• Dare to commit your sounds

Dare to commit

Mixing in the box, with the huge amount of plugins available in your DAW these days, has many advantages. You can use as many EQ’s, VI’s or reverbs as your CPU allows, save and recall every plugin settings, and change the settings or patches until the very last moment of your mix.

All fantastic of course but that last advantage can also be a big pitfall. Having all those presets and patches under your fingertips can make you a prisoner of your DAW. You can get stuck in an endless loop of making choices for that final sound. Especially if you write and produce your own songs it can be an inspiration and motivation killer and cost you a lot of time.

In the days of analog tape, engineers had to make instant decisions on how to record the sounds and which ones to keep because channels, tracks and outboard gear were very limited. This kept them on their toes and made them put their best performance into a mix.

I love that way of working and therefore am a big advocate for committing to sounds before starting a mix. How many of you recognize that situation where you are looking for a sound by browsing through endless patch lists only to end up with the sound you chose in the first place. Eight out of ten times the first sounds I chose for my songs were the ones that ended up in the mix.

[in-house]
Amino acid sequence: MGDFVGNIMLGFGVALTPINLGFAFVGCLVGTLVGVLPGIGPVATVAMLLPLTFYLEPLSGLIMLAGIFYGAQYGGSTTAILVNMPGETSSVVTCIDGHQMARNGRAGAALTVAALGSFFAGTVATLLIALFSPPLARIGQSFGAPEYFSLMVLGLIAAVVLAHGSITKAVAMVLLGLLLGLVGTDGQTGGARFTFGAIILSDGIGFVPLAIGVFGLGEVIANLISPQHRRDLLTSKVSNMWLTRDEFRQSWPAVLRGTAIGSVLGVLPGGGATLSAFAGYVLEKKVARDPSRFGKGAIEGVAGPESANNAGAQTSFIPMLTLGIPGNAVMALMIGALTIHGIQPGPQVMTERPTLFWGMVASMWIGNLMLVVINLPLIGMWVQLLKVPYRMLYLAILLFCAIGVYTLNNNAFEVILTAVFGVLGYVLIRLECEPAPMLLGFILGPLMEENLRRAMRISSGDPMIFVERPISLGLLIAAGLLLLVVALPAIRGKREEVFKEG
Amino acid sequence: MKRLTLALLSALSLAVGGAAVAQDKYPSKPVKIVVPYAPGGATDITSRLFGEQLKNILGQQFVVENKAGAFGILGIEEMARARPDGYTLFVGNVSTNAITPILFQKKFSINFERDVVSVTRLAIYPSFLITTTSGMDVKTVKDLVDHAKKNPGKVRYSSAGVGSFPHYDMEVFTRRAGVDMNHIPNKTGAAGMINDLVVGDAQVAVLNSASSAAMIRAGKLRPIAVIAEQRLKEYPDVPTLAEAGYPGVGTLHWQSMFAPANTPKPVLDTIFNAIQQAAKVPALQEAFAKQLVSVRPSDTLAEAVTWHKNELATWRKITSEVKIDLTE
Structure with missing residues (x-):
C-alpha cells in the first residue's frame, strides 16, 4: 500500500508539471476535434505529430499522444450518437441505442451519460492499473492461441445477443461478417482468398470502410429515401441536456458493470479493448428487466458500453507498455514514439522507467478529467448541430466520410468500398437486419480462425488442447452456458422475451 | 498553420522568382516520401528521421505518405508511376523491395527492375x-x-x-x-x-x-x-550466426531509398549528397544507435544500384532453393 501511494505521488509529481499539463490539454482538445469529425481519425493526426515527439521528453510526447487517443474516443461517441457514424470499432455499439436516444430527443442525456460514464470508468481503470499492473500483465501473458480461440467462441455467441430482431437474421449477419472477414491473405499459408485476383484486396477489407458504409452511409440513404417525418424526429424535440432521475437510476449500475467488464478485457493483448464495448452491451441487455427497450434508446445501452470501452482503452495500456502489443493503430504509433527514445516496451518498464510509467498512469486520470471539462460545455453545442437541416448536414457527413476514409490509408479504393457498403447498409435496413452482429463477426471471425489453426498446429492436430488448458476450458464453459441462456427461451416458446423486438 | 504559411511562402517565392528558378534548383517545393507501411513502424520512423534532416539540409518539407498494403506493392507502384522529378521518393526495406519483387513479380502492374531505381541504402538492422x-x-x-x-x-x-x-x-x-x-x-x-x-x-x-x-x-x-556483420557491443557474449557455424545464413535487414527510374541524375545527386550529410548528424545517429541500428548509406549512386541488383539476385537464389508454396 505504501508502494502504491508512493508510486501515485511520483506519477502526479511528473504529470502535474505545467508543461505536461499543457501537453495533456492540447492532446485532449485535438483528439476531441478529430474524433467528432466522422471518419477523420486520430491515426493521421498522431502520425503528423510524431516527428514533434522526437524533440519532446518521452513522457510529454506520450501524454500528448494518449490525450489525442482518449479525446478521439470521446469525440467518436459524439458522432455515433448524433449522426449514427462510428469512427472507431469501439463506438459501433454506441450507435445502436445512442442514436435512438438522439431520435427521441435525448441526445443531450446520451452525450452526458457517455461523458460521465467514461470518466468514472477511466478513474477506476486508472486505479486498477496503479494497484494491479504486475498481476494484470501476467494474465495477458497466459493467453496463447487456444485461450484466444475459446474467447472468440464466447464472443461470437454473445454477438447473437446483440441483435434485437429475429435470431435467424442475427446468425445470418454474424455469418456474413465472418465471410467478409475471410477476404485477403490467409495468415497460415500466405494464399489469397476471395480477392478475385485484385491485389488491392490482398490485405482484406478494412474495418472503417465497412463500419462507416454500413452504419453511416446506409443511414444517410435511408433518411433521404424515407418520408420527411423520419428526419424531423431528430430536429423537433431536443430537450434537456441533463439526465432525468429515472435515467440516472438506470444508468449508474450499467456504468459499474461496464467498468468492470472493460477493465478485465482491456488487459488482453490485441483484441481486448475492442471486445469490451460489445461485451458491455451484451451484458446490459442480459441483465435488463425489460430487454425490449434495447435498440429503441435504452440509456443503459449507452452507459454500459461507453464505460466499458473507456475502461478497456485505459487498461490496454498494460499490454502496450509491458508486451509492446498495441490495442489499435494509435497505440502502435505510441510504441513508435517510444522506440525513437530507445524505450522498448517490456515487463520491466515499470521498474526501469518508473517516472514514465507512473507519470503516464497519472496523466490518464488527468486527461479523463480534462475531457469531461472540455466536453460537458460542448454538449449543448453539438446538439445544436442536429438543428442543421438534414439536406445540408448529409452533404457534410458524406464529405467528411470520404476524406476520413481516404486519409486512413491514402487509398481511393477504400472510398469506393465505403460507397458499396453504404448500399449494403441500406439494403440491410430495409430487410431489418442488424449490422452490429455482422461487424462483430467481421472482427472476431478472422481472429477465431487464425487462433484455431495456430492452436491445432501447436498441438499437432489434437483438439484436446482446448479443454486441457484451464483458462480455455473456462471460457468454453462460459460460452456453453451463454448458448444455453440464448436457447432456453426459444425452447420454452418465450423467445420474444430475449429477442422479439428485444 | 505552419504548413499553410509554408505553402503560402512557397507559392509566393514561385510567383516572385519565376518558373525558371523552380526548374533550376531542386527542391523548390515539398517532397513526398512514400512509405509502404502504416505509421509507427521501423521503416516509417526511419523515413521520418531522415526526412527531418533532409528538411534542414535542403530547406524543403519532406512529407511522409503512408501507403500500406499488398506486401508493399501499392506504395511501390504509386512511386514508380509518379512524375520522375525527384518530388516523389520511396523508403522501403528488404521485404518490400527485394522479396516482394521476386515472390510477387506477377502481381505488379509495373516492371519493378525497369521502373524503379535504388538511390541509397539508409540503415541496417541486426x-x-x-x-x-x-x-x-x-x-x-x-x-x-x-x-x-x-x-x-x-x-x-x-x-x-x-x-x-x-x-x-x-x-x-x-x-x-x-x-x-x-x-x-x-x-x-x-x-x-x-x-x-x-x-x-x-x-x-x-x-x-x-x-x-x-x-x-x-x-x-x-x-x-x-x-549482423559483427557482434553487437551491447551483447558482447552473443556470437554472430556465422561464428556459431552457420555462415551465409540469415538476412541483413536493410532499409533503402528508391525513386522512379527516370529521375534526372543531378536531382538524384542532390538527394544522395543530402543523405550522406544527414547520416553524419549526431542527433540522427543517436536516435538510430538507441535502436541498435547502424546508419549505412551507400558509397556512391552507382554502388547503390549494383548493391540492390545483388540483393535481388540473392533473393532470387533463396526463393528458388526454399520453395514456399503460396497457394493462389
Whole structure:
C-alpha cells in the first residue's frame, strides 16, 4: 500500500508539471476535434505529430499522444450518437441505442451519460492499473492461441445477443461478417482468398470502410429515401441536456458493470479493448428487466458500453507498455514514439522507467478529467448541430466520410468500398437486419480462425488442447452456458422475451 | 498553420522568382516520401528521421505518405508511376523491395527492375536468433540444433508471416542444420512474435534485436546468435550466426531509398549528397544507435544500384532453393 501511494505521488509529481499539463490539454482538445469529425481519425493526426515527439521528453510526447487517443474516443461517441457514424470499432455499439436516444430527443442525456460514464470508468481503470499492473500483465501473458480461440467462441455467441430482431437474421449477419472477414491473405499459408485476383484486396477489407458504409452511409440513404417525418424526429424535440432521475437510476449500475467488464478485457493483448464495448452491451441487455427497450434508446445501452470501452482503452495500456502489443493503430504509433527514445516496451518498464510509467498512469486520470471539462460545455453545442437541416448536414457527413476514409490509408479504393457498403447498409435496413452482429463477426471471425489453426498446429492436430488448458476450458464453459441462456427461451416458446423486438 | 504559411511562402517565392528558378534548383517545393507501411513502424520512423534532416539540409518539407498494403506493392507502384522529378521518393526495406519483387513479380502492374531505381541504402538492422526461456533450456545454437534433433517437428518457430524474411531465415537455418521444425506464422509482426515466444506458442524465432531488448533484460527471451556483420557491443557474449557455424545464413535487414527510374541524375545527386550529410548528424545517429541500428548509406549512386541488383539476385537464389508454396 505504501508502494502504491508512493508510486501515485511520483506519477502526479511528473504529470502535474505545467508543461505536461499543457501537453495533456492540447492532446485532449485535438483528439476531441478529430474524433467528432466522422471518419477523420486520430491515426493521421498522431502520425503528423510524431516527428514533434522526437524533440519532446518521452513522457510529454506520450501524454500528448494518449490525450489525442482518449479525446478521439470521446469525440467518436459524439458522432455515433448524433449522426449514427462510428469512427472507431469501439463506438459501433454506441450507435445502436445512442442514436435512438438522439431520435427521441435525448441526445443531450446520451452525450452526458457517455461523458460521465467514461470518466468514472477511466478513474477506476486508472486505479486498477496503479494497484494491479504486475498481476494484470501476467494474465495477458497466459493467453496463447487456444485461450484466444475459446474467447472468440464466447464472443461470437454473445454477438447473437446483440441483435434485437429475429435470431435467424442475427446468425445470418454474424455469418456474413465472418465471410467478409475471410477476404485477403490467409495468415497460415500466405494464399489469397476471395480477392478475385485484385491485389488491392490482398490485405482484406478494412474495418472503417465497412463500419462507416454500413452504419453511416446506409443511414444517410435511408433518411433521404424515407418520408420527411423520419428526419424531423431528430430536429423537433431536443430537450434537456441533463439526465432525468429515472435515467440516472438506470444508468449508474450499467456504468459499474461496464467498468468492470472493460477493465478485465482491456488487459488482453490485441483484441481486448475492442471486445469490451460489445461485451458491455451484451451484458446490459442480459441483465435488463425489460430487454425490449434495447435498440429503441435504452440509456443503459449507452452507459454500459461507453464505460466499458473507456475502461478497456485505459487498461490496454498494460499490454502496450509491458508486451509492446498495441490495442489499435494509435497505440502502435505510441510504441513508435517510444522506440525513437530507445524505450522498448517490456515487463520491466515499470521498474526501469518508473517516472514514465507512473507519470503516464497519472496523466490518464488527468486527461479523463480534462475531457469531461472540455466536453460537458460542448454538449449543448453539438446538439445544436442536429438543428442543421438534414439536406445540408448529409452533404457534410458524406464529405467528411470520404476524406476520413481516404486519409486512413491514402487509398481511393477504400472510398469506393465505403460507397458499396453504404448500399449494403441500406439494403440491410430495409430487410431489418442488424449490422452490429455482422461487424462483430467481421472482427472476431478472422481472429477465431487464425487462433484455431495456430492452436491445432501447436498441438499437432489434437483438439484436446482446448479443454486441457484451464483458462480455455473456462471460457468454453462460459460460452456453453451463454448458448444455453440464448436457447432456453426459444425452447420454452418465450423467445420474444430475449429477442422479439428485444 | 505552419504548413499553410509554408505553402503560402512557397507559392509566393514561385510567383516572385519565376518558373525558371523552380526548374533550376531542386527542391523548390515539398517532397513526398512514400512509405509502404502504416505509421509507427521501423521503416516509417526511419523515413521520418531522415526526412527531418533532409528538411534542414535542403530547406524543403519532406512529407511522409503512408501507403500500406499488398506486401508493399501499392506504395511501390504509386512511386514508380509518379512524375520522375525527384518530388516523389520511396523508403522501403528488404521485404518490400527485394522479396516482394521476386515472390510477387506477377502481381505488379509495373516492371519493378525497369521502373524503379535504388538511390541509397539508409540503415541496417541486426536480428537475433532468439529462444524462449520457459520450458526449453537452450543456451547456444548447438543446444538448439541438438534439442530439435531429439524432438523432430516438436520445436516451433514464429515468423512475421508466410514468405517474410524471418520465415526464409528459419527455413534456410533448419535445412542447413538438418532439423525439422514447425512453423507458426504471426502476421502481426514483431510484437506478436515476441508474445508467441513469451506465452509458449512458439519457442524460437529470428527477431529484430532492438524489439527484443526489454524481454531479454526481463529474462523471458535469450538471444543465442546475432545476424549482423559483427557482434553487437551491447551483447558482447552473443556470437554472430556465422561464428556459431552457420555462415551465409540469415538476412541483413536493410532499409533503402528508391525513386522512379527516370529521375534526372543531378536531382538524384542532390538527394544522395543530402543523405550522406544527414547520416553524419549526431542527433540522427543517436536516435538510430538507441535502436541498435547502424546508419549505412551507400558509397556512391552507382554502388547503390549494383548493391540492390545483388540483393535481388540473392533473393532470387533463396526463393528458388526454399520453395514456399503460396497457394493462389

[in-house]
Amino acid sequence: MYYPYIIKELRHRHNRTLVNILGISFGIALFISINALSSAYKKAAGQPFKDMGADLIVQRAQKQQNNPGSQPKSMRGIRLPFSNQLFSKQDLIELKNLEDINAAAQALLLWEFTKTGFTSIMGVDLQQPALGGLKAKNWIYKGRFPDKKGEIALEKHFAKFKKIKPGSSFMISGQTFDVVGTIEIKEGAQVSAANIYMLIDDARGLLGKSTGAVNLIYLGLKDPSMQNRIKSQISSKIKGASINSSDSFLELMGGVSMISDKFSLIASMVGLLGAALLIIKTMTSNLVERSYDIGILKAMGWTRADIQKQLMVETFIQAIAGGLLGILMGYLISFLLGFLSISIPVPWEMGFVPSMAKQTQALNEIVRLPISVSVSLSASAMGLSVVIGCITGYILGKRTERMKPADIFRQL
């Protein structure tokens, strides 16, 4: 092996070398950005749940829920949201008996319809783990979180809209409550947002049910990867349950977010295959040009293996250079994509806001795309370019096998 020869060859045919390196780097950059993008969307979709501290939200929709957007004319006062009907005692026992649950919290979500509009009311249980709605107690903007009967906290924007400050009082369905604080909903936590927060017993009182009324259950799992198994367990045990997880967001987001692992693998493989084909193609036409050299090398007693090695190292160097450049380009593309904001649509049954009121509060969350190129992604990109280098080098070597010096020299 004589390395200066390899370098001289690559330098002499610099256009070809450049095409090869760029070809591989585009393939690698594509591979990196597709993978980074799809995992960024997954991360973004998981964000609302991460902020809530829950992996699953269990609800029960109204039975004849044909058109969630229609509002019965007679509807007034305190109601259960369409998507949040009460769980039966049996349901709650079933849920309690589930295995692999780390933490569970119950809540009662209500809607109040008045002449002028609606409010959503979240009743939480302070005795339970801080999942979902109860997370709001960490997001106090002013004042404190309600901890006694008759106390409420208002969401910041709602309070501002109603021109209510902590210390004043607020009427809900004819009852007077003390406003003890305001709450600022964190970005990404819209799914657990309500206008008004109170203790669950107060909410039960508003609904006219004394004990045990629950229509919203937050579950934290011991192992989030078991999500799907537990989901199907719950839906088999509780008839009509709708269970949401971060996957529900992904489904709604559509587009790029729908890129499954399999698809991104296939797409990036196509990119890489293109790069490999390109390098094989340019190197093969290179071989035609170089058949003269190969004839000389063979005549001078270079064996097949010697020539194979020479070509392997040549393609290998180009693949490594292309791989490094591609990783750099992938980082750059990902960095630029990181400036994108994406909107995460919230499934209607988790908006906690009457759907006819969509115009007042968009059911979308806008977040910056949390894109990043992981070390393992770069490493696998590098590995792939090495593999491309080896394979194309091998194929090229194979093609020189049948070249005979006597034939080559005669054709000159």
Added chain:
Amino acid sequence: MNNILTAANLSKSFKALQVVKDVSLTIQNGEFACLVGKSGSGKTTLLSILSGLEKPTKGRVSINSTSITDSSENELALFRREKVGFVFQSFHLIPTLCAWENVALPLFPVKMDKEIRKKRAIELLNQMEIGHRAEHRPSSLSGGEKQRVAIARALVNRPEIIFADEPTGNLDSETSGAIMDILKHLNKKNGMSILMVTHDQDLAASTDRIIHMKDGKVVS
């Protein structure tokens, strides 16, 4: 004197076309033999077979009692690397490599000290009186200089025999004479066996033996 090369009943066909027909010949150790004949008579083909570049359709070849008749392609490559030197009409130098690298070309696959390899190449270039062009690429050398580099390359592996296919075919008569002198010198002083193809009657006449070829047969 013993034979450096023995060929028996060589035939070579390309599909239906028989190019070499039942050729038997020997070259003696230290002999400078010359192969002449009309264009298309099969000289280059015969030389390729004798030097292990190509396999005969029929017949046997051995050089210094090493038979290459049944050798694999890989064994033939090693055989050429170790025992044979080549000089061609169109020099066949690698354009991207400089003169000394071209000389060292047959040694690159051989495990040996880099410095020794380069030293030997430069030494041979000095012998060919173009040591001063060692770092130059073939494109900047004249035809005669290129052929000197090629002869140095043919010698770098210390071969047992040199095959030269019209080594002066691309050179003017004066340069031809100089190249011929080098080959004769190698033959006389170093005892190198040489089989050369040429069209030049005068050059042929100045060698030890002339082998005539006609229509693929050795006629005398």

So how do you go about committing to your sounds. First you make a safety backup of your DAW session. Then bounce all VI’s to audio tracks and delete, freeze or deactivate their Instrument tracks. You don’t have to burn all your bridges completely but don’t make it too easy to revert to the instruments either or you’ll fall back into bad habits. A backup of your session from where you can import any track is a good fall back situation.

While you’re at it you can choose to give your audio tracks some extra analog vibe by bouncing them through an analog tape emulator like Slate Pro Audio’s VTM or UAD’s Studer A800. This can really open up your mix and save you a lot of CPU instead of using those emulation plugins during mixing. The saved CPU power can be much better used towards eq, reverb or compressor plugins.

Another good option is to learn how to fully master your VI’s and be able to create your own sounds. That way you don’t have to browse through any presets but go straight for the sound you have in mind. You can achieve this by reading the VI’s manual twice, buy good books on sampling or synthesis or follow a course. This will give you total freedom in sound creation.

So try it for the next mix that comes up and save yourself a lot of time. Your music and mixes will benefit a lot from it and if you work for clients they will love the speed with which you can produce a good sounding mix.

Dare to commit!